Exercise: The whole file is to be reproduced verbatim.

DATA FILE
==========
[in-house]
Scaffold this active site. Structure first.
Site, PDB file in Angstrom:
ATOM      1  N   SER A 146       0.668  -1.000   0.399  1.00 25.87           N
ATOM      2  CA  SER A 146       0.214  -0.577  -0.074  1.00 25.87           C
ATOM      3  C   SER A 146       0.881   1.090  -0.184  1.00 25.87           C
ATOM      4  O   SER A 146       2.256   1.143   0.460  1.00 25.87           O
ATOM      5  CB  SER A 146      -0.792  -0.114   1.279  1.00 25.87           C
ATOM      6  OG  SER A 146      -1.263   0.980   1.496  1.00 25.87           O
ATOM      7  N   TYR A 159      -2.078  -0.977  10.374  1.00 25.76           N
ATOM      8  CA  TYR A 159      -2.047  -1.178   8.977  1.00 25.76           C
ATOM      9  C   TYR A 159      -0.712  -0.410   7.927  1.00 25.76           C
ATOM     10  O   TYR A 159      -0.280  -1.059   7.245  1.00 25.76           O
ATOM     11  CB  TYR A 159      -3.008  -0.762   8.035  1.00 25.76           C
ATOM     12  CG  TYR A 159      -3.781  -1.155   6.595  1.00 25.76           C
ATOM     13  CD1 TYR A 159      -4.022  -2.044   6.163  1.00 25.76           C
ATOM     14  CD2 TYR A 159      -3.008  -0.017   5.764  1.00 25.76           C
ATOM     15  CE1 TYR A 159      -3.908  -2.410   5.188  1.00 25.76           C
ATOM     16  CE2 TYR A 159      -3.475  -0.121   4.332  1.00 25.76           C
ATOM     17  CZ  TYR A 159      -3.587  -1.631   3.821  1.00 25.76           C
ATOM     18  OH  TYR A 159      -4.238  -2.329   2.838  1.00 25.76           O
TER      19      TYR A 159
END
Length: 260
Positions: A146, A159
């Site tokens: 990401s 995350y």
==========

[in-house]
Scaffold this active site. Structure first.
Site, PDB file in Angstrom:
ATOM      1  N   SER A 146       0.668  -1.000   0.399  1.00 25.87           N
ATOM      2  CA  SER A 146       0.214  -0.577  -0.074  1.00 25.87           C
ATOM      3  C   SER A 146       0.881   1.090  -0.184  1.00 25.87           C
ATOM      4  O   SER A 146       2.256   1.143   0.460  1.00 25.87           O
ATOM      5  CB  SER A 146      -0.792  -0.114   1.279  1.00 25.87           C
ATOM      6  OG  SER A 146      -1.263   0.980   1.496  1.00 25.87           O
ATOM      7  N   TYR A 159      -2.078  -0.977  10.374  1.00 25.76           N
ATOM      8  CA  TYR A 159      -2.047  -1.178   8.977  1.00 25.76           C
ATOM      9  C   TYR A 159      -0.712  -0.410   7.927  1.00 25.76           C
ATOM     10  O   TYR A 159      -0.280  -1.059   7.245  1.00 25.76           O
ATOM     11  CB  TYR A 159      -3.008  -0.762   8.035  1.00 25.76           C
ATOM     12  CG  TYR A 159      -3.781  -1.155   6.595  1.00 25.76           C
ATOM     13  CD1 TYR A 159      -4.022  -2.044   6.163  1.00 25.76           C
ATOM     14  CD2 TYR A 159      -3.008  -0.017   5.764  1.00 25.76           C
ATOM     15  CE1 TYR A 159      -3.908  -2.410   5.188  1.00 25.76           C
ATOM     16  CE2 TYR A 159      -3.475  -0.121   4.332  1.00 25.76           C
ATOM     17  CZ  TYR A 159      -3.587  -1.631   3.821  1.00 25.76           C
ATOM     18  OH  TYR A 159      -4.238  -2.329   2.838  1.00 25.76           O
TER      19      TYR A 159
END
Length: 260
Positions: A146, A159
């Site tokens: 990401s 995350y």